Hacked! When will we start to defend America’s computers?

by Kevin D. Freeman on June 29, 2011

Richard Miniter is the author of the New York Times best-seller “Losing bin Laden: How Bill Clinton’s Failures Unleashed Global Terror” and of “Mastermind: The Many Faces of the 9-11 Architect, Khalid Shaikh Mohammed.” Miniter’s website is www.richardminiter.com.

Last week (June 23), Miniter published an article titled HACKED! When will we start to defend America’s computers? His piece documents numerous instances of Economic Warfare via cyber methods. His conclusions:

Beyond spying, China or terrorist groups may also be waging what a recent Pentagon report calls “financial terrorism and economic warfare.”

This comes on the heels of an earlier Pentagon study (“Economic Warfare: Risks and Responses”) that speculates that the 2008 market meltdown — which cost American investors some $13 trillion in wealth — was worsened by offshore naked short-selling raids on Wall Street firms, particularly Bear Stearns and Lehman Brothers. While the sources of those raids cannot be traced, a Pentagon study suspects “economic warfare” by nations like China or groups like al-Qaida.

In response, the House version of the National Defense Authorization Act directs the military to find and plug the holes in the nation’s financial and security networks.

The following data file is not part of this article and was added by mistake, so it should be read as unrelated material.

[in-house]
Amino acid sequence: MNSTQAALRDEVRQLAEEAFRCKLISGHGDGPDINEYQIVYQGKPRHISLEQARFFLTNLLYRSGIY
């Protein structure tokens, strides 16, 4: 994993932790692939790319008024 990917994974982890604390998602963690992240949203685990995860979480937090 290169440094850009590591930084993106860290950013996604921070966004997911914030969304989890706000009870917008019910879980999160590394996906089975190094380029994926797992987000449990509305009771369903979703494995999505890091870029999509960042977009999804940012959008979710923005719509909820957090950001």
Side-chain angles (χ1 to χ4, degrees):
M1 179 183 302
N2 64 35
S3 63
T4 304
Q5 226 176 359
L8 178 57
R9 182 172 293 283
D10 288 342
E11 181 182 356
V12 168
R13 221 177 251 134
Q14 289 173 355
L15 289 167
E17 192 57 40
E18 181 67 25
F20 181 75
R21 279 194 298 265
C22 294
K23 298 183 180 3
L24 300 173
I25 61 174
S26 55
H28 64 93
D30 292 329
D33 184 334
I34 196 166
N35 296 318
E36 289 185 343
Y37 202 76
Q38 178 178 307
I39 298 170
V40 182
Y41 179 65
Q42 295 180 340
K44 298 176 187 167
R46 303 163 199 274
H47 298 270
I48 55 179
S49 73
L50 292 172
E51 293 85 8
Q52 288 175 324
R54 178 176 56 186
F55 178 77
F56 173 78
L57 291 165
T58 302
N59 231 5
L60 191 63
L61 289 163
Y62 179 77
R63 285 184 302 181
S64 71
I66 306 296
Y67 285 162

The vulnerability of Wall Street’s electronic trading and settlement system to foreign manipulation is shocking.

Despite 2008 regulatory reforms, settlement failures are rising again. A settlement failure is what traders call it when buyers or sellers fail to provide the agreed-upon stock or cash to complete a transaction. Persistent settlement failures in exchange-traded funds (ETFs) have been as high as $7 billion per day, according to The Economist. ETFs are entirely computerized, with all of the perils that implies. After the “flash crash” of May 6, 2010, which was largely driven by computerized trading, the U.S. Joint CFTC-SEC Advisory Committee on Emerging Regulatory Issues reached this ominous conclusion: “Even in the absence of extraordinary market events, limit-order books can quickly empty and prices can crash” because of computerized high-frequency and algorithmic trades.

Imagine a computer virus designed to wipe out your retirement savings and sink our economy.The flash crash may have been a test run.

It is high time for the federal government to trace these cyberattacks and strengthen our computer networks, both federal and financial, against an electronic 9/11.

We agree with his conclusions and have made strong efforts to get a proper response from our policymakers and defense establishment.

All posts Copyright (c) 2011 Kevin Freeman, All Rights Reserved

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